W.Va.'s Family Treatment Courts Forced To Adapt During Pandemic


On this West Virginia Morning, we hear how one court program that helps bring families back together is adapting in this time of social distancing. And we explore some tips on how to get outside and learn some new history.

Before the coronavirus changed all our lives, five counties in West Virginia launched a new program, called Family Treatment Court. It’s supposed to help reunify families, when parents need help dealing with addiction. Ultimately, advocates for the program hope it will reduce the number of children in the state’s overwhelmed foster care system.

The program is showing some promising results. Emily Allen reports that now, with social distancing, judges and other stakeholders with Family Treatment courts are forced to get creative to keep the program going.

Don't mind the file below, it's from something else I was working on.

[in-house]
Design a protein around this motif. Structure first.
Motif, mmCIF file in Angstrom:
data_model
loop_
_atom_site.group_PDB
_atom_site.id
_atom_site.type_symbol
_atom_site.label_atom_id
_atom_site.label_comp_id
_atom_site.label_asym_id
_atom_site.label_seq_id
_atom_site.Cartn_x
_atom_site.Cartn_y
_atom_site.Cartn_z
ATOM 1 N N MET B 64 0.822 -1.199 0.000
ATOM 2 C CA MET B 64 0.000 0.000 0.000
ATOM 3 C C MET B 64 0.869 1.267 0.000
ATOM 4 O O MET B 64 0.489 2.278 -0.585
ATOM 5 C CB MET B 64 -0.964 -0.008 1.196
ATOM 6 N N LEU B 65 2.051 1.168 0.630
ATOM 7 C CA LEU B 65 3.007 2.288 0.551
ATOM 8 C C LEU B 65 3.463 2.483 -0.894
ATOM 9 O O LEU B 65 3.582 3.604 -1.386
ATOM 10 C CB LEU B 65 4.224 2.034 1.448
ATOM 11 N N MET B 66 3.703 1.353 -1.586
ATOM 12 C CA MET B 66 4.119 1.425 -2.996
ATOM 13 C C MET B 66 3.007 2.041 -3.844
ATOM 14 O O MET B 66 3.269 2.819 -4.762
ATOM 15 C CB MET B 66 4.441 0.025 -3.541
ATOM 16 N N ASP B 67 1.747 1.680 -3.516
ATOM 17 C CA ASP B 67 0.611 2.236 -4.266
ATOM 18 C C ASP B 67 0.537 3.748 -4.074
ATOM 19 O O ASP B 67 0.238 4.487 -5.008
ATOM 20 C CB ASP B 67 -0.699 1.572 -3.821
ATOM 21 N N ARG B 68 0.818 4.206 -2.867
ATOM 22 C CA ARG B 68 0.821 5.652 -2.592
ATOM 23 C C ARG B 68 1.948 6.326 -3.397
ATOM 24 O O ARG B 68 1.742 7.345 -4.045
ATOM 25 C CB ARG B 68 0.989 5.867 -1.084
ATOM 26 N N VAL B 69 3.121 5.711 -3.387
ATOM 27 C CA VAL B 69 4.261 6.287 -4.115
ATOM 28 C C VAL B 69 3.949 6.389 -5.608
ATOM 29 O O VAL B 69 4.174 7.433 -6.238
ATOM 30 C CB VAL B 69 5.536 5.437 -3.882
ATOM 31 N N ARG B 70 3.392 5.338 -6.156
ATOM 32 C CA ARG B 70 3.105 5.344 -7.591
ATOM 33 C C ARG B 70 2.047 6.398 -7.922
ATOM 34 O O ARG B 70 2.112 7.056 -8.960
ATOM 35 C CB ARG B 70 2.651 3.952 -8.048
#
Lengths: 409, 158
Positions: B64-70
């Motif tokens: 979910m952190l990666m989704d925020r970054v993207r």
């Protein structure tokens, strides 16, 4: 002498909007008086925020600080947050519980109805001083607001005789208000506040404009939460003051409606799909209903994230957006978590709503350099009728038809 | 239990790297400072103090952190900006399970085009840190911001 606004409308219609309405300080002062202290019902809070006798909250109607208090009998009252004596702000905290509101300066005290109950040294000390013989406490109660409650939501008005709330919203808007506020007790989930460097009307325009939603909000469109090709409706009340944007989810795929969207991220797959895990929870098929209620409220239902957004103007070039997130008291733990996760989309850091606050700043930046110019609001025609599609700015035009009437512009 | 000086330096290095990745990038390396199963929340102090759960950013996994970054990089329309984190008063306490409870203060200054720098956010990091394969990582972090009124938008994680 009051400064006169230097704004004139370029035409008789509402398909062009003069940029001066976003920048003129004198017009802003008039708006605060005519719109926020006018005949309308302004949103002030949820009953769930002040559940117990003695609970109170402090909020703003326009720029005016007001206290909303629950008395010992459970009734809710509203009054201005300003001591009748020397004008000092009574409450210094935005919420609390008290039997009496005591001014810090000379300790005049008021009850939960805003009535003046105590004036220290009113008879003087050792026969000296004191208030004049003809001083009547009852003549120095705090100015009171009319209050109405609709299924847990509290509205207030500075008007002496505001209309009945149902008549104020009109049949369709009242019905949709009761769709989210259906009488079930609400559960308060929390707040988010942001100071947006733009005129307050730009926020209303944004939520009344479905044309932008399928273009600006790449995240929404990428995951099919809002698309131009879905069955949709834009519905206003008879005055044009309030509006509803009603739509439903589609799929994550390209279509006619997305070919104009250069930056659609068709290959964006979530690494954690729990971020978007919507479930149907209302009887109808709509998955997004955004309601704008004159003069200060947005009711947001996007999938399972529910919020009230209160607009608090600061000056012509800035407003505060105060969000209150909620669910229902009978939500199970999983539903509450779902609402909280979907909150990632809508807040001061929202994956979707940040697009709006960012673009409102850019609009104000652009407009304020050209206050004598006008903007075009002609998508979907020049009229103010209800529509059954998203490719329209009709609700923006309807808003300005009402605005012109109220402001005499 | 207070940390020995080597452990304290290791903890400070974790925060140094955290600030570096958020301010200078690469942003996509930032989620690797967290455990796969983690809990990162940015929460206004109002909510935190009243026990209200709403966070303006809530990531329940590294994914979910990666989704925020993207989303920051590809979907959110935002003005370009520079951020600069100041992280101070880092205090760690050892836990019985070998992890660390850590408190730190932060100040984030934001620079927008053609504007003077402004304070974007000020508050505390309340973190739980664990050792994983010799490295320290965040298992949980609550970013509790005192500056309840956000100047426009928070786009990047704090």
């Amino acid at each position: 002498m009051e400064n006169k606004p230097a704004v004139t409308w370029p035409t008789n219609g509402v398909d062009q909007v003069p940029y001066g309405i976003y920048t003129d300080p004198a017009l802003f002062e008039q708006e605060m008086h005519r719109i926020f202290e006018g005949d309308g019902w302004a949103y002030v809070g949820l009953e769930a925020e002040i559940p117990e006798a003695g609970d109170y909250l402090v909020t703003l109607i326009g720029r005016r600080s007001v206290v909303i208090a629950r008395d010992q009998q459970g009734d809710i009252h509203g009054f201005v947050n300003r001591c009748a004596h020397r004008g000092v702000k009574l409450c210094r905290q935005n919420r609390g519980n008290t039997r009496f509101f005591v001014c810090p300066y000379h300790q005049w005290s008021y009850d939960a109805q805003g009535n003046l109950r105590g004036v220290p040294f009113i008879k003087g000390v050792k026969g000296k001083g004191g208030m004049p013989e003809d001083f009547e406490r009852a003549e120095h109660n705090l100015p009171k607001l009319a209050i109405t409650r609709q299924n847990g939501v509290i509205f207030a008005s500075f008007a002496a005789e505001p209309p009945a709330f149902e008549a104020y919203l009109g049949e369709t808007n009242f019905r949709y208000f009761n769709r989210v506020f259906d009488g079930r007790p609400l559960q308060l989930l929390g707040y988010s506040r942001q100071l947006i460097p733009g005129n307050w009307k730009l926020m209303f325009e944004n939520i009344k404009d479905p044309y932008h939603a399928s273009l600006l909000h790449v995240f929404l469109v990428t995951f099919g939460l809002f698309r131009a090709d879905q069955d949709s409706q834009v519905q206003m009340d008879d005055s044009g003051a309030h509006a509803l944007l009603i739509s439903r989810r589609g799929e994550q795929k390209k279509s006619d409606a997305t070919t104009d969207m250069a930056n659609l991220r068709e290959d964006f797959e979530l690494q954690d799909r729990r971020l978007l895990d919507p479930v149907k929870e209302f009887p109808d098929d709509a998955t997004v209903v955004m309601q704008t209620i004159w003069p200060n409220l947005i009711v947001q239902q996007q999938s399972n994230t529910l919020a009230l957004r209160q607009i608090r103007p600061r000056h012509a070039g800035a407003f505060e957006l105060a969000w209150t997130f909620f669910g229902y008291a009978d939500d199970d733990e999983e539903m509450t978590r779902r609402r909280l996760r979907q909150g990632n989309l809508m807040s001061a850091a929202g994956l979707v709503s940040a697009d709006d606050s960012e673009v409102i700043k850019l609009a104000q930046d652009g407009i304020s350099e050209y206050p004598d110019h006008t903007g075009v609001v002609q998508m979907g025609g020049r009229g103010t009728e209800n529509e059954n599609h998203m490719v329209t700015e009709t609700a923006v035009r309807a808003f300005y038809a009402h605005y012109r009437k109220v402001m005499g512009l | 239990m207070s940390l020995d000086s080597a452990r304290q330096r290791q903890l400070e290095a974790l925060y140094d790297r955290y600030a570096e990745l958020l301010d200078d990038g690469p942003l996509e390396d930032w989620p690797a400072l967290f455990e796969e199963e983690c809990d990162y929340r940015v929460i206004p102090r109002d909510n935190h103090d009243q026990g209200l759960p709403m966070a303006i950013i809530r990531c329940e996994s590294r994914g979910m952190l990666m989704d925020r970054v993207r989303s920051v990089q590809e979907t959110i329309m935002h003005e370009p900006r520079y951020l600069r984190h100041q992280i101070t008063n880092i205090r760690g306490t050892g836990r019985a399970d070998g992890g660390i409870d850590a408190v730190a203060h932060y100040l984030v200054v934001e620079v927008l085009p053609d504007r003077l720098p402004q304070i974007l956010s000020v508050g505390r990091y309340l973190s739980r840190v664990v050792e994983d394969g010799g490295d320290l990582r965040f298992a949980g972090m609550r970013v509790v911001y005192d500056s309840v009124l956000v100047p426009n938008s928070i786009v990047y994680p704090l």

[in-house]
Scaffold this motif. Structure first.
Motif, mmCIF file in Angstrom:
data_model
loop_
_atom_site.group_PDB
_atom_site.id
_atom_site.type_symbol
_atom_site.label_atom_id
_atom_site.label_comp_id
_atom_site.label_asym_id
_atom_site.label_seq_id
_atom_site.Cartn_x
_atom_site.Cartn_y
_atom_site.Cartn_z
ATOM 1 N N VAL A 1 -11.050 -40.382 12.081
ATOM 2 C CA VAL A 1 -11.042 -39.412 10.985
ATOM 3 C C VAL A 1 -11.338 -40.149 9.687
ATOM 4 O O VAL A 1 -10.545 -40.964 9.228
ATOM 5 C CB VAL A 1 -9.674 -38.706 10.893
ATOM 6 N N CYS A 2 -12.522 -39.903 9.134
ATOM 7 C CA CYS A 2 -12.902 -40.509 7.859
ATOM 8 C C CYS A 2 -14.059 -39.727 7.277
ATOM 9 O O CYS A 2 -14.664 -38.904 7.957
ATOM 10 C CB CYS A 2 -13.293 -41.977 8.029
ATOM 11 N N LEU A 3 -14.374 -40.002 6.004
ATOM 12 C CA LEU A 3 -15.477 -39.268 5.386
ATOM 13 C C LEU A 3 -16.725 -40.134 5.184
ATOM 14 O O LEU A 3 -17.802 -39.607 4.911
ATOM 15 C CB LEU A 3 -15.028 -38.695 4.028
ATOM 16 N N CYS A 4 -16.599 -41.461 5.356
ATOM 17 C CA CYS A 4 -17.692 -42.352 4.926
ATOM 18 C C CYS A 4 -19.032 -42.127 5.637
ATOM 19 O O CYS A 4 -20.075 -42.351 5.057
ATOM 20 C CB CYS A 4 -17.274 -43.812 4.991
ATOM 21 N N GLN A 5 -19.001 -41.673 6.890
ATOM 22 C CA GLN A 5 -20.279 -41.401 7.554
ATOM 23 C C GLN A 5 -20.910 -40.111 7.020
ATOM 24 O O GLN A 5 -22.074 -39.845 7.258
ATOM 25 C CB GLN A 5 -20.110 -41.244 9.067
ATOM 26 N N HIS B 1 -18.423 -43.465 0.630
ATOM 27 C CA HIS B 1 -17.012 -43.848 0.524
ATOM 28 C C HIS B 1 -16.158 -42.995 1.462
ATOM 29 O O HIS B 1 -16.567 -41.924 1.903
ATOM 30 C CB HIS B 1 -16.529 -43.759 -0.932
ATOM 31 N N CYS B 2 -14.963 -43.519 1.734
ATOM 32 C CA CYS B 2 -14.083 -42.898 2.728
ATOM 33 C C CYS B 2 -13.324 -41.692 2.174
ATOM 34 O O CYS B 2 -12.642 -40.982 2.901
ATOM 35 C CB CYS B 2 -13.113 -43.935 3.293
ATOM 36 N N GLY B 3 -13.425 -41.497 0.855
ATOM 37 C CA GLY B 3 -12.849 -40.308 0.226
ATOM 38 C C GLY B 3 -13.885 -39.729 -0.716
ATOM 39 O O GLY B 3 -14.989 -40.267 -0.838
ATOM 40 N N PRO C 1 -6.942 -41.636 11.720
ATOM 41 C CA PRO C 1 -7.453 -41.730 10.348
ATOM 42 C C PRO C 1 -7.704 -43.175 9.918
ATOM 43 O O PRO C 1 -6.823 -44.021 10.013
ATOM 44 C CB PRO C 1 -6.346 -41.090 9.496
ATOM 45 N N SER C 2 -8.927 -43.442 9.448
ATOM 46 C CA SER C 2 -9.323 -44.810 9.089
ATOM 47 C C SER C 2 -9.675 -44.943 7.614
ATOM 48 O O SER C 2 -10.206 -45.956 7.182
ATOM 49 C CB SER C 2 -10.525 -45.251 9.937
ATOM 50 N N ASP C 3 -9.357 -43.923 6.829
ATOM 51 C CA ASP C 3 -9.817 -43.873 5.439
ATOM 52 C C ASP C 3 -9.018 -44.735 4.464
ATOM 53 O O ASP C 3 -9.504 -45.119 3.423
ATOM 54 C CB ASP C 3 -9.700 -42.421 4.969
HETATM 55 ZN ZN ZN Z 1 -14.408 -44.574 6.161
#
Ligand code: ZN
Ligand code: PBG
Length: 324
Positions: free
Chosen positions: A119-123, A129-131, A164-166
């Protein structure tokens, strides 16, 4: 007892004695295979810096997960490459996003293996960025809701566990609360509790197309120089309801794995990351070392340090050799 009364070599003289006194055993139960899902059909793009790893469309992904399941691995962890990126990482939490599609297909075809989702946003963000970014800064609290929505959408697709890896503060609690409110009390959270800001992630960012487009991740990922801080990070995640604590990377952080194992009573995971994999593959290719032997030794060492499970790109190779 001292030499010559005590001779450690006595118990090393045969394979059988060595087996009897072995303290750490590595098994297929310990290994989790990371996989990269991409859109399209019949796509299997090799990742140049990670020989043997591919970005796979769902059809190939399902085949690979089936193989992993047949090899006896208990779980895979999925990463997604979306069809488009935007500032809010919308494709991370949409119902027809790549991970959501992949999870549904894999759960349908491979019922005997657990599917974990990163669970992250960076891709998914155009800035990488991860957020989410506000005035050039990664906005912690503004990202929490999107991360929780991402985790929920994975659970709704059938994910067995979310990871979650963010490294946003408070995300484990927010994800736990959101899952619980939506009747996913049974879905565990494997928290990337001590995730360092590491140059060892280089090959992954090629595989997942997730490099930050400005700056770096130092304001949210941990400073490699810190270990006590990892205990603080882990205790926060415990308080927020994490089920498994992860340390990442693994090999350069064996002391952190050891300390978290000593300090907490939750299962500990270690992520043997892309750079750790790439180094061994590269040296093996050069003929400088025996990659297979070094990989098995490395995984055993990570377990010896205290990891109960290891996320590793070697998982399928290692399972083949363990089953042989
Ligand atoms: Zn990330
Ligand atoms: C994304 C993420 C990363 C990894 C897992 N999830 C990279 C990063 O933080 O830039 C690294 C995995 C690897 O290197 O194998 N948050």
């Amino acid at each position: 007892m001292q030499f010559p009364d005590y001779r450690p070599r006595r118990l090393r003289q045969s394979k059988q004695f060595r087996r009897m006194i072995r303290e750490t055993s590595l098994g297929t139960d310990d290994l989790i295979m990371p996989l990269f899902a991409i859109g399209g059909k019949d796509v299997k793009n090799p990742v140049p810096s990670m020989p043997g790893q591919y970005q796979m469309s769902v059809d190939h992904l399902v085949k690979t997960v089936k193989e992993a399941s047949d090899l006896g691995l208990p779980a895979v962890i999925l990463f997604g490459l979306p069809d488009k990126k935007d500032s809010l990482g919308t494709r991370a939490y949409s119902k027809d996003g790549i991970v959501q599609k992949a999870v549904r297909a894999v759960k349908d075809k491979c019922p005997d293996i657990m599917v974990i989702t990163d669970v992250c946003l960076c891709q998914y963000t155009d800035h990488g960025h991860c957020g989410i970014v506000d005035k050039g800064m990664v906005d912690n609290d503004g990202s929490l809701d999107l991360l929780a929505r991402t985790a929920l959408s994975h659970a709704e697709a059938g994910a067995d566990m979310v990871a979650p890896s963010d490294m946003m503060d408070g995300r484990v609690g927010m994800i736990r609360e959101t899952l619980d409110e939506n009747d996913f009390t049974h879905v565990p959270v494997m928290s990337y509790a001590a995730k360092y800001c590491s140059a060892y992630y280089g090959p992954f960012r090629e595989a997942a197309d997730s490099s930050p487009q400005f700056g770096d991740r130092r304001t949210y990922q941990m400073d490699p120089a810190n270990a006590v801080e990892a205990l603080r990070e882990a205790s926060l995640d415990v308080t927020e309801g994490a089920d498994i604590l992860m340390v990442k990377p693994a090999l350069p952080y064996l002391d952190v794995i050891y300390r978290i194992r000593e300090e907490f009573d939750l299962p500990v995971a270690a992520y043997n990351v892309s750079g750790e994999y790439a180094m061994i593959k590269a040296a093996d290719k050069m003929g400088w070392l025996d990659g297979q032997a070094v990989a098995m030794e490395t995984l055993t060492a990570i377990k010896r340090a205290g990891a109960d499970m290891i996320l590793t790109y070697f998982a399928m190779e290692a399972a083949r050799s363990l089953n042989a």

While the coronavirus pandemic has all but halted out-of-state travelers and tourism in West Virginia, there are ways for residents to safely leave home, enjoy some local tourism, and learn a little history along the way.

Civil War Trails, a nonprofit based in Williamsburg, Virginia, offers visitors access to 152 historical sites in West Virginia. All trails are marked with a sign and are free to explore.

Liz McCormick spoke with Civil War Trails’ executive director Drew Gruber to learn about the sites and to explore what tourism in general may look like post-COVID-19 – and ways the industry might recover.

West Virginia Morning is a production of West Virginia Public Broadcasting which is solely responsible for its content.

Support for our news bureaus comes from West Virginia University, Concord University, and Shepherd University.

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